You’ve seen Keke Palmer’s upturned face, eyes wide and mouth agape, staring at the unknown in the posters for Jordan Peele’s highly anticipated sci-fi thriller, Nope. The brief flashes of her mystery-shrouded character in the movie’s trailer have only sparked more questions about its top-secret plot, including the possible involvement of aliens, Palmer’s character Emerald and Daniel Kaluuya’s character Otis, and the mind-melting twists that are sure to follow in any of Peele’s movies. Fans finally got their answers last week on Nope’s official release date Friday, July 22. But even before the premiere occurred, those posters and trailers had actually already revealed parts of Emerald’s backstory—if you just knew where to look.
“I think that’s what the look that we did for her is,” Tym Buacharern, Nope’s makeup department head and Emmy-winning makeup artist, tells Glamour. “We see her, and we actually see her character.”
While Buacharern, who’s worked with the Glamour July cover star on multiple projects, usually creates Palmer’s looks for high-glam makeup moments, this script made the duo decide to go in another direction. “We tried to do something that was totally different from what you’ve ever seen of her on camera,” he says of Emerald’s no-makeup makeup look. (As far as no-makeup looks go, it took a long time to accomplish: 45 minutes each day to make Palmer appear as if she had just woken up and washed her face in the morning.)
“She’s a horse trainer,” says Buacharern. “She’s a total hustler. She will take any job and do any job. So I think that dictates it a little bit.” Emerald is also an aspiring social media star who dreams of an elusive shot at fame that will win her 50 million followers overnight, something you might not have gleaned from the trailer but is hidden in her makeup. Look closely early on, and you’ll see that she’s wearing lash extensions, which gradually fall out as the plot ramps up and the rest of her makeup deteriorates. That, says Buacharern, was something of “a happy accident.”
“Basically what happened was, Keke came in with lash extensions,” he says. “She’s like, ‘I’m gonna get the shortest ones.’” While Palmer just wanted to try the look for fun off set, it ended up tying in perfectly with her influencer-obsessed character. Instead of getting them touched up, she let them fall out naturally in accordance with the movie’s progression.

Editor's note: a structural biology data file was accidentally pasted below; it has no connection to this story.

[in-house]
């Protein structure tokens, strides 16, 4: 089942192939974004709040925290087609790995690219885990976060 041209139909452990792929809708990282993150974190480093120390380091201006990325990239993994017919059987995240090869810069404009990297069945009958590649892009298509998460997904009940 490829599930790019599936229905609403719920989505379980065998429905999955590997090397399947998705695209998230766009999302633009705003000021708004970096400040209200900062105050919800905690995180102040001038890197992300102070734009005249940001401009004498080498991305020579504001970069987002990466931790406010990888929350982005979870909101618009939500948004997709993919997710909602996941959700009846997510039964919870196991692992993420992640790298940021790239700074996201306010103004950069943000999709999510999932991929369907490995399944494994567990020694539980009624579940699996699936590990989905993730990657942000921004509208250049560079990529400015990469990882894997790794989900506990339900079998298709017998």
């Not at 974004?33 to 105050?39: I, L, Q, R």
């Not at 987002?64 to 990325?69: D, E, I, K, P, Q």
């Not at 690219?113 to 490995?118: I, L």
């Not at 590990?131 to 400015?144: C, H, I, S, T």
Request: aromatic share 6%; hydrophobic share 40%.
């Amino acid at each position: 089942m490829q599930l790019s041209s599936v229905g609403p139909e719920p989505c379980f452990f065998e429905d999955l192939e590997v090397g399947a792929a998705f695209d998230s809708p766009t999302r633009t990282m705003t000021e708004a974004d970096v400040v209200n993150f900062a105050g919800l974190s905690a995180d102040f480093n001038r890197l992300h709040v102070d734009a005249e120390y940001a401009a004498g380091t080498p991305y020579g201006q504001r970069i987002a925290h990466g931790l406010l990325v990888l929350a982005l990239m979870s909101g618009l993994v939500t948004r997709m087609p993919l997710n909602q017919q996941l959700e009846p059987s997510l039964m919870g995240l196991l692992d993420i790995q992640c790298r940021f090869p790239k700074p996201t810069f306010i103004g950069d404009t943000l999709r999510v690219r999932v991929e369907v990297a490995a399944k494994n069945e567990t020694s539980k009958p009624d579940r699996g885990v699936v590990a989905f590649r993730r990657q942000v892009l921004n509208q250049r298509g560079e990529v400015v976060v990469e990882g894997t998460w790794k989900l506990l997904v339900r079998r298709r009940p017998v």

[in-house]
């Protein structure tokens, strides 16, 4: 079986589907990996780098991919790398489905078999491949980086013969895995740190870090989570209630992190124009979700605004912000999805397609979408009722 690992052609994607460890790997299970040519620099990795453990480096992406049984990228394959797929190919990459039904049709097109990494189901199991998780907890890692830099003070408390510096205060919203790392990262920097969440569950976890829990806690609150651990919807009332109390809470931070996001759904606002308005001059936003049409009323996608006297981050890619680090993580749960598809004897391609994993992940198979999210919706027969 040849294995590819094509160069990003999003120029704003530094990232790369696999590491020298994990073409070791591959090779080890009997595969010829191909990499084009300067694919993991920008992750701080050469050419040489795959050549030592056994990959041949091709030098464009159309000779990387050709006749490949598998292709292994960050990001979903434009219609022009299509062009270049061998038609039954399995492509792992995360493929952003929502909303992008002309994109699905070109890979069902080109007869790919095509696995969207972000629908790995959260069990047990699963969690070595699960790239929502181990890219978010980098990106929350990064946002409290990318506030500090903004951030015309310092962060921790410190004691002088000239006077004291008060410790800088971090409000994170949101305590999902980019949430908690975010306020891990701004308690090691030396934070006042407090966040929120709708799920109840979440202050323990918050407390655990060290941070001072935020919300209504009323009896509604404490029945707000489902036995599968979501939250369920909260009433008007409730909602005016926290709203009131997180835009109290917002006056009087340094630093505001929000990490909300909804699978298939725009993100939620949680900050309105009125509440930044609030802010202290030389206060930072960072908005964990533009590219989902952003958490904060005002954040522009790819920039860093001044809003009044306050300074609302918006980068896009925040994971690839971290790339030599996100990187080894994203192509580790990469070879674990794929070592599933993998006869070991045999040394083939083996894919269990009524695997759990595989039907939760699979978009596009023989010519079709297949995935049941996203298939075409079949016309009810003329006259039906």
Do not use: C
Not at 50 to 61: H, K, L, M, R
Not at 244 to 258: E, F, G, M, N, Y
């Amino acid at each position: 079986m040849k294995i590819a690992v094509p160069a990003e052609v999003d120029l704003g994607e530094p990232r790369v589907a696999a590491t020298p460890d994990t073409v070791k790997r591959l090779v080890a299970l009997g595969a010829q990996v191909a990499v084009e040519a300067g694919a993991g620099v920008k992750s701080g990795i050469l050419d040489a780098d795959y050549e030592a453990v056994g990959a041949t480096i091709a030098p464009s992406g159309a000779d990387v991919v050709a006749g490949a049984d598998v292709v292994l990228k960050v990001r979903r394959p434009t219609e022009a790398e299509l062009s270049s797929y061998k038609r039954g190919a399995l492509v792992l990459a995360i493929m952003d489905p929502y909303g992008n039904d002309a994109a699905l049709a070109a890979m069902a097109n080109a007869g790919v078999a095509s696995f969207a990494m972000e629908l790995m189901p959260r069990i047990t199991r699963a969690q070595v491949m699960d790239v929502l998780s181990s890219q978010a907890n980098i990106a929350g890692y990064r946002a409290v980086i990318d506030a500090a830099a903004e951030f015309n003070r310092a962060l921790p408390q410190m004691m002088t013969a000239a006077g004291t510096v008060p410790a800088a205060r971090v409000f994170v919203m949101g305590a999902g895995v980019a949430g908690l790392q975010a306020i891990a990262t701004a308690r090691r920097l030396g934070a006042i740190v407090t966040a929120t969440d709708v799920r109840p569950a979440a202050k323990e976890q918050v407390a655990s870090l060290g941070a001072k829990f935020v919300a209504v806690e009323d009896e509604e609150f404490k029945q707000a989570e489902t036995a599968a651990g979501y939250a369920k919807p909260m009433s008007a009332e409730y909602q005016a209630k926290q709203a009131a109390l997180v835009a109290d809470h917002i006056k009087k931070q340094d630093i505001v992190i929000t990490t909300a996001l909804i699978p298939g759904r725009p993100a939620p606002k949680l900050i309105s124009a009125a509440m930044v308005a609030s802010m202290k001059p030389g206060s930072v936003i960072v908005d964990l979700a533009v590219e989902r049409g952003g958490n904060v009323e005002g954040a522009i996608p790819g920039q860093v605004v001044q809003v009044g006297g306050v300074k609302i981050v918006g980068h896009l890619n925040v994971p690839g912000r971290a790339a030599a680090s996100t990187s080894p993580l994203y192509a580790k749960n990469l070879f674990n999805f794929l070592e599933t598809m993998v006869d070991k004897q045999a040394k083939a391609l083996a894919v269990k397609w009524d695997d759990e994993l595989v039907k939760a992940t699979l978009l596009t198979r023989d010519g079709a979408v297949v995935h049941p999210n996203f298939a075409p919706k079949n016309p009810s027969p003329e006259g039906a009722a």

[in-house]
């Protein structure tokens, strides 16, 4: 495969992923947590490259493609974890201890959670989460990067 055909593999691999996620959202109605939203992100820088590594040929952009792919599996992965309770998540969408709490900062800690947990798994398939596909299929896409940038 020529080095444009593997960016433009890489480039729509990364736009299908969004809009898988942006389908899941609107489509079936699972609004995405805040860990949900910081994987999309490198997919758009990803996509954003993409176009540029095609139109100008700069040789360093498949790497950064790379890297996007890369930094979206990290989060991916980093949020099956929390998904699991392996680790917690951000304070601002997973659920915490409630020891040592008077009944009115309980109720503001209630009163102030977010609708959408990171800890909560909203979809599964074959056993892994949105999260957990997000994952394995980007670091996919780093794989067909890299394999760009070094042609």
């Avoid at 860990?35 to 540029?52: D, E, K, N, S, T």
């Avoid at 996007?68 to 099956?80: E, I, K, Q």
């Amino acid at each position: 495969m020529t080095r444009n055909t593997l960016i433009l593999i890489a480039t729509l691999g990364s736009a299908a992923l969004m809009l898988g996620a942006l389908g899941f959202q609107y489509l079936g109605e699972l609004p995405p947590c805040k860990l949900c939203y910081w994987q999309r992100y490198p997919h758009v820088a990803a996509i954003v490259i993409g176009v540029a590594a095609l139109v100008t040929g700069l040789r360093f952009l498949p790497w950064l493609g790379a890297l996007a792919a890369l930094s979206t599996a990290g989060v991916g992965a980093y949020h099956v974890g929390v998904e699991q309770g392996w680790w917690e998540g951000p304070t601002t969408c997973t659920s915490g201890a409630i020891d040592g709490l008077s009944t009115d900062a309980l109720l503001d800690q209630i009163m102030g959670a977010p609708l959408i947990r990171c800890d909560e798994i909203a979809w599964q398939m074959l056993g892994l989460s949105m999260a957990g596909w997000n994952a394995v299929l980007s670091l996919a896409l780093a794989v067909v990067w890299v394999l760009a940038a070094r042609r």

Palmer’s make-under wasn’t the only look Buacharern tested for the film. In fact, Palmer almost ended up starring in Nope with green hair and a face tattoo. The green hair was on account of her character’s name, while the face tattoo was something Buacharern and Palmer tried on a whim one day before production started. In the end, both the actress and the makeup artist decided on the final pared-down look that more accurately reflects Emerald’s backstory. “I tried [the green hair and face tattoo] on her, and we looked at each other and we go, ‘Nah,’” says Buacharern.
What did end up making the cut: An elaborate skin-care regimen that kept Palmer’s skin protected throughout filming. The actress has spoken candidly about her acne journey before, so Buacharern wanted to make sure the shoot’s outdoor conditions didn’t cause further flareups. Palmer’s daily essentials for Nope included morning sessions with the CurrentBody Skin LED Light Therapy Mask and a depuffing application of Bellefontaine Cellstemine Eye Contour Perfection Cream. Her hair was kept similarly nourished with Salwa Petersen Chébé du Tchad Hair Cream. Buacharern even created Emerald’s sweat stains with Pause Well-Aging Instant Cooling Mist for bonus body-care benefits.
As for the minimal makeup, Palmer starts the movie in a base of shine-controlling Nars Soft Matte Foundation, Estée Lauder Double Wear Stay-in-Place Concealer, and MAC Mineralize Skinfinish Powder. Buacharern then lightly lined her eyes with Hourglass Gel Eyeliner and added the barest touch of color on her cheeks and lips with Bésame Cream Rouge and Burt’s Bees Tinted Lip Balm in Red Dahlia. Without giving too much away, Palmer’s makeup routine gets significantly shorter by the end of the movie.
“What you’ll probably notice is a deterioration of her look,” says Buacharern. “Just get ready for a roller coaster. It’s such a ride.”
Sarah Y. Wu is a writer and copy director in Berlin. Follow her on Instagram @say.wu.
Originally Appeared on Glamour